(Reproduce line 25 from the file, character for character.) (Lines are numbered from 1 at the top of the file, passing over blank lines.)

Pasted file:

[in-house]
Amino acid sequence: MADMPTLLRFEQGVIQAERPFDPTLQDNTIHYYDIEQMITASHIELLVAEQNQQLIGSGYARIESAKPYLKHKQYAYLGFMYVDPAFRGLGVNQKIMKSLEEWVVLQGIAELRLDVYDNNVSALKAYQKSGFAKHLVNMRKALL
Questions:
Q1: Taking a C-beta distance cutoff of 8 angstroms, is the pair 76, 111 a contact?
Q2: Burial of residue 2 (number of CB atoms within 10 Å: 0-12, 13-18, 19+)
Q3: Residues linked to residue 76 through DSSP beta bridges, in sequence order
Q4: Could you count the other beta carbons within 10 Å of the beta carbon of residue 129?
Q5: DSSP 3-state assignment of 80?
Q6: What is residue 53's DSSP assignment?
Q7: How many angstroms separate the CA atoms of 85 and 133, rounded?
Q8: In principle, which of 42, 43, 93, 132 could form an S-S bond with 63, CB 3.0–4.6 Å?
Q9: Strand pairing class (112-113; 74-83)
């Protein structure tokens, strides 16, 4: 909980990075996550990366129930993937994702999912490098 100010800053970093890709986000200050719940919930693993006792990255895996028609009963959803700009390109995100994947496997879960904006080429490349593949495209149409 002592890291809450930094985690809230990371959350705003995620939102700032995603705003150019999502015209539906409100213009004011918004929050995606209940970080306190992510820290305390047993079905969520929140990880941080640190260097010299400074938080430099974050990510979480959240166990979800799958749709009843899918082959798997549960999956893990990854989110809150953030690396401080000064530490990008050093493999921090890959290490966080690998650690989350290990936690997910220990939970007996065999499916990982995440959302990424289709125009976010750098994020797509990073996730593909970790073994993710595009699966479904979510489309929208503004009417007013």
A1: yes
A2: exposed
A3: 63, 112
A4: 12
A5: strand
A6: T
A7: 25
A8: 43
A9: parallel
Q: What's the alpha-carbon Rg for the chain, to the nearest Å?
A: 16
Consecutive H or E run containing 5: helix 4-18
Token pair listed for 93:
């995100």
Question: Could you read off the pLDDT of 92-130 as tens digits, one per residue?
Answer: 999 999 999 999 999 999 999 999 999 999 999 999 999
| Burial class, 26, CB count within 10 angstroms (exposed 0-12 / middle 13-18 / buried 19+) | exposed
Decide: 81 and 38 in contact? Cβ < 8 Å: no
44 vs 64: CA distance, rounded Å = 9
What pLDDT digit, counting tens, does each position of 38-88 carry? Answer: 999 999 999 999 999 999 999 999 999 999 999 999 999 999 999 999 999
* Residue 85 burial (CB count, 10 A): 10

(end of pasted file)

Consecutive H or E run containing 5: helix 4-18